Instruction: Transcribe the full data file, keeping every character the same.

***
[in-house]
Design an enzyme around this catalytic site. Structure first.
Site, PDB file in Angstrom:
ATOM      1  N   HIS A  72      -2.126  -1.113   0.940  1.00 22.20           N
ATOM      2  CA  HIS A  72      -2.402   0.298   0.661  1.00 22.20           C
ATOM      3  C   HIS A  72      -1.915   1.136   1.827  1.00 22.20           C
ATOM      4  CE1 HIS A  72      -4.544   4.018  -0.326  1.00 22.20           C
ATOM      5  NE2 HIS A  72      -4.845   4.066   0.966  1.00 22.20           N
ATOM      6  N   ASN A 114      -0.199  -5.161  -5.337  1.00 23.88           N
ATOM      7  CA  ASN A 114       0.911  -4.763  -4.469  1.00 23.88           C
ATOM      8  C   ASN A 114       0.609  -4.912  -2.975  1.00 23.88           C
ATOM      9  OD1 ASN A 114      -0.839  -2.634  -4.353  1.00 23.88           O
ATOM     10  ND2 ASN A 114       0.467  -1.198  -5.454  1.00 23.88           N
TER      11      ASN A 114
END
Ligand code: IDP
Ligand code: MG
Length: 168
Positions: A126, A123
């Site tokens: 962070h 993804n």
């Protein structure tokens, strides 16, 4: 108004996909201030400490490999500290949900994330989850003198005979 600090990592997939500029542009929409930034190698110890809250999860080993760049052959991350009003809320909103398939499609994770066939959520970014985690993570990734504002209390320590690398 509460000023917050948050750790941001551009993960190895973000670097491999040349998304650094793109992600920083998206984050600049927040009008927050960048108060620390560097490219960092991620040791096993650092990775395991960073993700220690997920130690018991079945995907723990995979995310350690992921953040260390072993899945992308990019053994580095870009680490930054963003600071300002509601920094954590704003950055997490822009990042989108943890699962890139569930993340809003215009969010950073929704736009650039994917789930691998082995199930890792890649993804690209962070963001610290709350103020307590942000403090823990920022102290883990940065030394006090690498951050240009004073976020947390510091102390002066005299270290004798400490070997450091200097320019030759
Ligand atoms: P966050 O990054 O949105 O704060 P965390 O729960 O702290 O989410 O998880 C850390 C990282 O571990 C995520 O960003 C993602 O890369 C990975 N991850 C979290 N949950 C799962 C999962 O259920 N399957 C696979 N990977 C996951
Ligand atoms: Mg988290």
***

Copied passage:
[in-house]
Design an enzyme around this catalytic site. Structure first.
Site, PDB file in Angstrom:
ATOM      1  N   HIS A  72      -2.126  -1.113   0.940  1.00 22.20           N
ATOM      2  CA  HIS A  72      -2.402   0.298   0.661  1.00 22.20           C
ATOM      3  C   HIS A  72      -1.915   1.136   1.827  1.00 22.20           C
ATOM      4  CE1 HIS A  72      -4.544   4.018  -0.326  1.00 22.20           C
ATOM      5  NE2 HIS A  72      -4.845   4.066   0.966  1.00 22.20           N
ATOM      6  N   ASN A 114      -0.199  -5.161  -5.337  1.00 23.88           N
ATOM      7  CA  ASN A 114       0.911  -4.763  -4.469  1.00 23.88           C
ATOM      8  C   ASN A 114       0.609  -4.912  -2.975  1.00 23.88           C
ATOM      9  OD1 ASN A 114      -0.839  -2.634  -4.353  1.00 23.88           O
ATOM     10  ND2 ASN A 114       0.467  -1.198  -5.454  1.00 23.88           N
TER      11      ASN A 114
END
Ligand code: IDP
Ligand code: MG
Length: 168
Positions: A126, A123
């Site tokens: 962070h 993804n």
């Protein structure tokens, strides 16, 4: 108004996909201030400490490999500290949900994330989850003198005979 600090990592997939500029542009929409930034190698110890809250999860080993760049052959991350009003809320909103398939499609994770066939959520970014985690993570990734504002209390320590690398 509460000023917050948050750790941001551009993960190895973000670097491999040349998304650094793109992600920083998206984050600049927040009008927050960048108060620390560097490219960092991620040791096993650092990775395991960073993700220690997920130690018991079945995907723990995979995310350690992921953040260390072993899945992308990019053994580095870009680490930054963003600071300002509601920094954590704003950055997490822009990042989108943890699962890139569930993340809003215009969010950073929704736009650039994917789930691998082995199930890792890649993804690209962070963001610290709350103020307590942000403090823990920022102290883990940065030394006090690498951050240009004073976020947390510091102390002066005299270290004798400490070997450091200097320019030759
Ligand atoms: P966050 O990054 O949105 O704060 P965390 O729960 O702290 O989410 O998880 C850390 C990282 O571990 C995520 O960003 C993602 O890369 C990975 N991850 C979290 N949950 C799962 C999962 O259920 N399957 C696979 N990977 C996951
Ligand atoms: Mg988290």